The Hindu Editorial Analysis- 21st December, 2020 Notes | EduRev

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1. The Right Call-

GS 2- Separation of powers between various organs dispute redressal mechanisms and institutions

Context

  • Andhra Pradesh High Court sought to convene a judicial inquiry into whether there is a “constitutional breakdown” in the Y.S. Jagan Mohan Reddy-led government in the State.
  • The Supreme Court on Friday quite rightly stayed the Andhra Pradesh High Court order.
  • The top court’s intervention must be welcomed as it quickly halted an unjustifiable deed by the High Court that might have required the imposition of President’s Rule.

What is the President’s Rule?

  • President’s Rule refers to the suspension of a state government and the imposition of direct rule of the Centre. The central government takes direct control of the state in question and the Governor becomes its constitutional head. The Vidhan Sabha is either dissolved or prorogued. Such a situation forces the Election Commission to conduct re-election within six months.
  • Article 356 of the Constitution of India gives the President of India the power to impose this rule on a state on the advice of the Union Council of Ministers. There are some conditions that the President has to consider before imposing the rule:
    (a) If the President is satisfied that a situation has arisen in which the government of the state cannot be carried on in accordance with the provisions of the Constitution.
    (b) The state government is unable to elect a leader as a chief minister within a time prescribed by the Governor of that state.
    (c) There's a breakdown of a coalition leading to the chief minister having minority support in the House, and the CM fails to prove the majority in the given period of time.
    (d) Loss of majority in the Assembly due to a vote of no-confidence in the House.
    (e) Elections postponed on account of situations like natural disasters, war or epidemic.

Separation of Powers

  • The three branches of the government are the executive, the legislature and the judiciary. Although the three have distinct functions to perform, their scope sometimes meets.
  • In India, a separation of functions rather than of powers is followed. Unlike in the US, in India, the concept of separation of powers is not adhered to strictly.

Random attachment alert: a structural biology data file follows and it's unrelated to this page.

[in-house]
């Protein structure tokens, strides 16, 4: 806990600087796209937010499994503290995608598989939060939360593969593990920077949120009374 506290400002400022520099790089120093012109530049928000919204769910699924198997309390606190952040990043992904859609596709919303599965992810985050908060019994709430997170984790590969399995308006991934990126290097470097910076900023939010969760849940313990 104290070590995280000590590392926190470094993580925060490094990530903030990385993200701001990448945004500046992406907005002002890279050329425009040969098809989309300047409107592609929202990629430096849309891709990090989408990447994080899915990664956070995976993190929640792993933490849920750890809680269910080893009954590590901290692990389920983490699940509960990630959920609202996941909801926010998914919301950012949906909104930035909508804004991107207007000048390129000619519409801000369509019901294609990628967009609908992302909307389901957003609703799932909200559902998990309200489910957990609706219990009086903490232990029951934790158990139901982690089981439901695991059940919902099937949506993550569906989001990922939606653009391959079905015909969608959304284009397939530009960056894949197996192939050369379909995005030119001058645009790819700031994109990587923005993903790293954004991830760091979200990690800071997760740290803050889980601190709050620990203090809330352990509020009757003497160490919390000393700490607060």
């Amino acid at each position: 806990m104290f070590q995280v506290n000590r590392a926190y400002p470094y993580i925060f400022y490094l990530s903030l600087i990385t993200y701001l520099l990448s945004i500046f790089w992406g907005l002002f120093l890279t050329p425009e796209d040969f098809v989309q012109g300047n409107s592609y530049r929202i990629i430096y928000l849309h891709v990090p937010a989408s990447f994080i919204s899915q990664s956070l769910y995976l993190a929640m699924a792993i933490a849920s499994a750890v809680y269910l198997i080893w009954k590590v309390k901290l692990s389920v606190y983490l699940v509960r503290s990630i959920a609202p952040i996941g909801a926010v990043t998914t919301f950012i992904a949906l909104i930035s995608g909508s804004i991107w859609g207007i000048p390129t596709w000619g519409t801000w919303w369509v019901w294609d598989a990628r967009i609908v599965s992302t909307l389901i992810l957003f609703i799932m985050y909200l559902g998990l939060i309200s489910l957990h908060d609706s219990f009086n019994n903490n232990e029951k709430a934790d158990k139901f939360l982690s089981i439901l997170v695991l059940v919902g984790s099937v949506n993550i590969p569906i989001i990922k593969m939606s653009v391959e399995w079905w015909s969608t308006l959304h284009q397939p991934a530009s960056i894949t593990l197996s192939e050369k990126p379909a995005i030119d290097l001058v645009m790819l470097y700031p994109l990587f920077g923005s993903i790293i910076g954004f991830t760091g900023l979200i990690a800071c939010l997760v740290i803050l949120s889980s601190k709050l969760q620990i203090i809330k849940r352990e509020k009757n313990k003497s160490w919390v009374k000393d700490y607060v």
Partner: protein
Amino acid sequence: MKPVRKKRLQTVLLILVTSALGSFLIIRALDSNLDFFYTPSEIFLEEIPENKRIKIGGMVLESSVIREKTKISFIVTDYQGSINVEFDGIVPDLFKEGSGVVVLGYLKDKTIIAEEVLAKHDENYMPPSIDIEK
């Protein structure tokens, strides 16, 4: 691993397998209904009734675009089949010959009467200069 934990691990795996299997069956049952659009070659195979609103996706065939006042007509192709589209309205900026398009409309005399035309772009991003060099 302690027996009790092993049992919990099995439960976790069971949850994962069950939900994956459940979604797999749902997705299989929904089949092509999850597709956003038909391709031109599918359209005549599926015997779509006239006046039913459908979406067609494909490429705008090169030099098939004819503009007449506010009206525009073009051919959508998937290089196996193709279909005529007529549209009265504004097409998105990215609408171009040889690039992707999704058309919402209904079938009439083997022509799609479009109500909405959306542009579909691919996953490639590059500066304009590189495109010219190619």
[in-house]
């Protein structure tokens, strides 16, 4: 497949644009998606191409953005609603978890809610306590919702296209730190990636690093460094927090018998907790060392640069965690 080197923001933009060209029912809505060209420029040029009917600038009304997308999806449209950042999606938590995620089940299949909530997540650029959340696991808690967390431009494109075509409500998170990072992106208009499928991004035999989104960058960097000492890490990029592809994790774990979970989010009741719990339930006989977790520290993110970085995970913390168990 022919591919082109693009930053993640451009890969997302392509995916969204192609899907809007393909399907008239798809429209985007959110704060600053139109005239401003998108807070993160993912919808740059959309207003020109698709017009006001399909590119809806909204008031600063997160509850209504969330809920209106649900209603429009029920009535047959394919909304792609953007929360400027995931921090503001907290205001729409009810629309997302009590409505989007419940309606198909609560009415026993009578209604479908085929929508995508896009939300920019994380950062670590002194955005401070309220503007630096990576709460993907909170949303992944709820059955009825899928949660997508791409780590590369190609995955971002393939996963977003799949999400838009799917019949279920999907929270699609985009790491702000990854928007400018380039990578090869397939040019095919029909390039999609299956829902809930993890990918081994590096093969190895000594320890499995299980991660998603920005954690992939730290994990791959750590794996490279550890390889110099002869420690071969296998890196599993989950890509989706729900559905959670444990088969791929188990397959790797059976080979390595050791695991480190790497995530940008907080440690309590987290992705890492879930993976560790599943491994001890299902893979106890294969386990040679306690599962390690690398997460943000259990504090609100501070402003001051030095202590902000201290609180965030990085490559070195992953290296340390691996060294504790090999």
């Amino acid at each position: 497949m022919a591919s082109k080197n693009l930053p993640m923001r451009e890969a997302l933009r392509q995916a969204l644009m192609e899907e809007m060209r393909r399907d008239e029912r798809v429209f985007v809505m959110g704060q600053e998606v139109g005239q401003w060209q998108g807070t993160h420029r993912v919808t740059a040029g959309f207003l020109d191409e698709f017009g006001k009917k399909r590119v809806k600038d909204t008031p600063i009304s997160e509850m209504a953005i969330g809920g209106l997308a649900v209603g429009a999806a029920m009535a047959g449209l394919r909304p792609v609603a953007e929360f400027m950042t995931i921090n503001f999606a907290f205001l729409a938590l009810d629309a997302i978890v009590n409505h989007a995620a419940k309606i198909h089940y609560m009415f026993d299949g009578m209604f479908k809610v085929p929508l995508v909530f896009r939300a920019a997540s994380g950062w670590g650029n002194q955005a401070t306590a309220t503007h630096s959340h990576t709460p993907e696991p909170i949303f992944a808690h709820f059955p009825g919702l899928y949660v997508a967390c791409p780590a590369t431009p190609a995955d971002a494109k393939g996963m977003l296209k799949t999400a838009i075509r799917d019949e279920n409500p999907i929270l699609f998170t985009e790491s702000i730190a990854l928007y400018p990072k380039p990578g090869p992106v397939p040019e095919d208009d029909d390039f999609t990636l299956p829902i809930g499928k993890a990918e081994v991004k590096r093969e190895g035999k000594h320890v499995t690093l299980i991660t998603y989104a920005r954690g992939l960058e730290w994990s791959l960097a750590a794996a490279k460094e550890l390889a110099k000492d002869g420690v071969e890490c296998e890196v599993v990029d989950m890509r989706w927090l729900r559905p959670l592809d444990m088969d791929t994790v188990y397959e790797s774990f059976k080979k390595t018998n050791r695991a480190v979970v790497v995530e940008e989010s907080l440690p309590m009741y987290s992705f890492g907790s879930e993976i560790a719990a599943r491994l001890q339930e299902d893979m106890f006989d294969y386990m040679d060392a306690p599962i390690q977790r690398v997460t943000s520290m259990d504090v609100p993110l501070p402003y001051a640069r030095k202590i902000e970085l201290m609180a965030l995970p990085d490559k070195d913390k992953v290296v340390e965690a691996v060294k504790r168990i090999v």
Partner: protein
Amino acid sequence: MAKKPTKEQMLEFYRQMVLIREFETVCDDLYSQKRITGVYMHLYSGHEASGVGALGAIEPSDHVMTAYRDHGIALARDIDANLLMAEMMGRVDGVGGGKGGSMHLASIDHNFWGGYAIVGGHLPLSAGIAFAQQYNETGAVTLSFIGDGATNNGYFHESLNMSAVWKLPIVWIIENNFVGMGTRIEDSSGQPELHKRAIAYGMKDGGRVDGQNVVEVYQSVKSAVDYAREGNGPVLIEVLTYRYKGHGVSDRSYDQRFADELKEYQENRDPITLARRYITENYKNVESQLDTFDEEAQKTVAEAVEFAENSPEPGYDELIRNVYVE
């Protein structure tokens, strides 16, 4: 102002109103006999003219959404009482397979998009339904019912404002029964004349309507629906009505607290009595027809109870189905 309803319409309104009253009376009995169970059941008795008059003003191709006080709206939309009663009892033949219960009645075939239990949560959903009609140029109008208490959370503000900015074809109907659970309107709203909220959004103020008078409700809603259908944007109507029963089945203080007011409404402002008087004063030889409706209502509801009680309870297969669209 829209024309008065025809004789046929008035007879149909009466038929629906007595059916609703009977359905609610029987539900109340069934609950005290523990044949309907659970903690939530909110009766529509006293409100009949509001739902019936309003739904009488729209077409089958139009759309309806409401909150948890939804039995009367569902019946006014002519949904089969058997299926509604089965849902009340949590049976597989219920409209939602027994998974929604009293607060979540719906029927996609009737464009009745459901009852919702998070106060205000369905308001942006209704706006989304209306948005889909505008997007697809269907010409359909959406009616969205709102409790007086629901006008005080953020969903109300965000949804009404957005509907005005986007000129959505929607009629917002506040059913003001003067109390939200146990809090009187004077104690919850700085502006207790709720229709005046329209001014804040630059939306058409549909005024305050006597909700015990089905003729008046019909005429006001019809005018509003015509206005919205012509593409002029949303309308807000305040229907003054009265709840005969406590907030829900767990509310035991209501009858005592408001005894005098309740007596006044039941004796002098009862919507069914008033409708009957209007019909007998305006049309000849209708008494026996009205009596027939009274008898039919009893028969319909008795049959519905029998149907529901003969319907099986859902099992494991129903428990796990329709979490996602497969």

• However, a system of checks and balances have been put in place in such a manner that the judiciary has the power to strike down any unconstitutional laws passed by the legislature.
  • Today, most of the constitutional systems do not have a strict separation of powers between the various organs in the classical sense because it is impractical.

Judicial Overreach

  • The Supreme Court has been accused time and again of pronouncing judgements that are often termed as judicial legislation.
  • This happens when in the guise of giving guidelines and creating principles, they assume the powers of the legislature, for instance, by laying down the basic structure doctrine, the Supreme Court has put limitations on the legislature’s power to make and amend laws. 
  • The judiciary through the collegiums system has also been accused of infringing on powers of other branches. The essential function of the judiciary is to interpret the law rather than to be keen in the appointment of judges.
  • After all, ours is a parliamentary form of democracy wherein parliamentarians are elected by people and they have to face the people, they are filling the slogan of “We the People”; as compared to this, judges are enjoying fixed tenure.
  • They are accountable to none as such and they should concentrate on justice delivery rather than the appointments.

Constitutional Breakdown

  • The Supreme Court’s order comes in the wake of incidents pointing to a tussle between the judiciary and the elected government in Andhra Pradesh.
  • Chief Minister Jagan Mohan Reddy had, in an unprecedented letter to the CJI, complained about the alleged hostile attitude of the High Court against him and his government besides making controversial allegations against a senior Supreme Court judge.
  • This was even as the High Court ordered a CBI probe into what it termed was a social media campaign against the judges.
  • The High Court had suo motu called the State counsel to assist in deciding “whether in circumstances prevailing in the State of Andhra Pradesh, the court can record a finding that there is constitutional breakdown in the State or not”.
  • This was clearly a case of judicial over-reach by the A.P. High Court.